Infinity Pool also provides one of the clearest examples of trauma bonding through the development of the relationship between James and Gabi. It ebbs and flows, escalates and explodes. Gabi lures him in, plies him with compliments and kindness whilst also testing the limits of his boundaries. By the time he realizes that she is no good, it’s too late. This all comes to paint a cautionary tale of the subtle insidious nature of this kind of behavior.
We see this relayed to us through dialogue, character interactions, and the overall performance from Skarsgård. His body language conveys easily someone who is defeated. He makes himself smaller when intimidated and scared. Arguably, because of the vulnerable place Skarsgård’s performance takes him in playing against time, this is by far the most fascinating and intriguing character performance Skarsgård has turned in.
Mia Goth’s Gabi is a nightmare. Delight and terrifyingly concerning in one beautiful package, Goth delivers another strong villain. Manipulative, conniving, and a master of the science behind trauma bonding, Gabi is the character that draws attention. It makes perfect sense how she can sink her claws inside James’s mind. By film’s end, you’ll see her as the monster she really is and still applaud her every step of the way.
Compared to the rest of the cast, Cleopatra Coleman’s performance sticks out as the weakest. As wife Em Foster, there is a struggle to maintain a semblance of chemistry or connection that hints at the ten-year relationship they’re proposed to have. The dialogue sets up just enough tension to connect the dots to see why James can be led astray so easily.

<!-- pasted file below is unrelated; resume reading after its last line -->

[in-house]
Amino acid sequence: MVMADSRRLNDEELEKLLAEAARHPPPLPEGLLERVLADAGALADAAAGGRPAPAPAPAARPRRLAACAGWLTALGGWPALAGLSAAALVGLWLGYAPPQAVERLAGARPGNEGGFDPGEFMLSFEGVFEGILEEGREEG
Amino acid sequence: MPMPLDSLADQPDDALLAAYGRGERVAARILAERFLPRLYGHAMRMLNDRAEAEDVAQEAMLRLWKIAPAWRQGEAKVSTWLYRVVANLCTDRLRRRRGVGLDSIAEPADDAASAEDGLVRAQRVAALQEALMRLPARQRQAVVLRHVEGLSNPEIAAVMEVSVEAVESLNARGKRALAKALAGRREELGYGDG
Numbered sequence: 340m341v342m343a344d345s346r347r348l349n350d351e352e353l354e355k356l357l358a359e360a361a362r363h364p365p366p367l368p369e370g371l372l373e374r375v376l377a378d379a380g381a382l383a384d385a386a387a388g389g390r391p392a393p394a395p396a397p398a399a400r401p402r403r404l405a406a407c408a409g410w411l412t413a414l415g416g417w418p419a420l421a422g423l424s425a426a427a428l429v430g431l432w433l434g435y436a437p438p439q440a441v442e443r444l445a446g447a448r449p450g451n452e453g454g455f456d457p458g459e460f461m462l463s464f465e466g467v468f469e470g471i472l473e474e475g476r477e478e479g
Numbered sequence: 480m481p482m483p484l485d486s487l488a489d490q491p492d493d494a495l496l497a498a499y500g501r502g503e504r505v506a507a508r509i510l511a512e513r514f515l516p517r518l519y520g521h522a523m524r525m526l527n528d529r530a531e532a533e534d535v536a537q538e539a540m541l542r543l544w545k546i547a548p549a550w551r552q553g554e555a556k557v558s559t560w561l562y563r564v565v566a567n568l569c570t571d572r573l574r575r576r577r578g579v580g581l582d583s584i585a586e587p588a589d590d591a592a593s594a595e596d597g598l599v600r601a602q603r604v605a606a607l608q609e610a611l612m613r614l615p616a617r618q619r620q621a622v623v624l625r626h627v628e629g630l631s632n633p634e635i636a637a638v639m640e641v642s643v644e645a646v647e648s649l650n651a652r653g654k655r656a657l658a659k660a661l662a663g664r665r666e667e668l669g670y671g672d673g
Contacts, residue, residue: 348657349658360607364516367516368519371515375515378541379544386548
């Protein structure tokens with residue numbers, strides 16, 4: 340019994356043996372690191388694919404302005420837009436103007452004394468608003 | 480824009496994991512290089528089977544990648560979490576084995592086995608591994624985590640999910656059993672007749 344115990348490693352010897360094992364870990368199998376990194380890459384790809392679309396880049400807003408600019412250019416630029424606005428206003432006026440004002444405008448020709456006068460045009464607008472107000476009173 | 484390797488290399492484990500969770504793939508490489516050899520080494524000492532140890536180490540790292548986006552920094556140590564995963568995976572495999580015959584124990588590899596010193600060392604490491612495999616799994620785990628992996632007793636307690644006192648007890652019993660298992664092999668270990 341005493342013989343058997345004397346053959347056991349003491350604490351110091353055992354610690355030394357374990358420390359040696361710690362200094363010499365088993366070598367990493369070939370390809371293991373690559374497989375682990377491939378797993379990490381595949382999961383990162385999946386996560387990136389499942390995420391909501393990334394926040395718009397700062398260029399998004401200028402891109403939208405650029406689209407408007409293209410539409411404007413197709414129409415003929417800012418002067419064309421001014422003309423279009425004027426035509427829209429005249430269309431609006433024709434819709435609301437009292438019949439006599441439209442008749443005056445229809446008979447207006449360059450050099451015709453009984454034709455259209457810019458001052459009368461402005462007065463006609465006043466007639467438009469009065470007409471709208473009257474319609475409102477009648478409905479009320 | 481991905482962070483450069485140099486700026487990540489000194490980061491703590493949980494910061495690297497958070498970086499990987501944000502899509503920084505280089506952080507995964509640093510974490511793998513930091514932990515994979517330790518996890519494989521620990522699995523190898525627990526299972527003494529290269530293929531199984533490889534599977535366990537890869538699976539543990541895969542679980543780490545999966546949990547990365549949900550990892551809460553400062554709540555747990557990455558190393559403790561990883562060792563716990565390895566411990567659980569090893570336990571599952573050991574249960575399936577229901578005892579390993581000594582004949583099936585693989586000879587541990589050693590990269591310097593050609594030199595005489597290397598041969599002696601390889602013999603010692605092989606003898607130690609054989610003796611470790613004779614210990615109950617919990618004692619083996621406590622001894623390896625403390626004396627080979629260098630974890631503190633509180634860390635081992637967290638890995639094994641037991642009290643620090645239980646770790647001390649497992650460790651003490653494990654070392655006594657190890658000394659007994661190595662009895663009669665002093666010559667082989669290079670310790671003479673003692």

A more thorough internal backstory might have helped Coleman in building a stronger performance. When s*** hits the fan, she is just believable enough that Coleman’s Em is the only one standing a moral ground. But her performance could have pushed harder to stand toe to toe with what Goth and Skarsgård were delivering. As is, she easily gets lost among more dynamic performances.
What may cloud some viewers’ thoughts overall on Infinity Pool is the embrace of (much needed) sexuality that Cronenberg executes with his actors onscreen. For an audience unused to displays of sexual acts, this can raise hackles. However, I’d argue that it’s not just to titillate. There is a purpose to the sexual moments that make sense to the storyline. Though, one scene could have been cut down due to dragging the overall flow.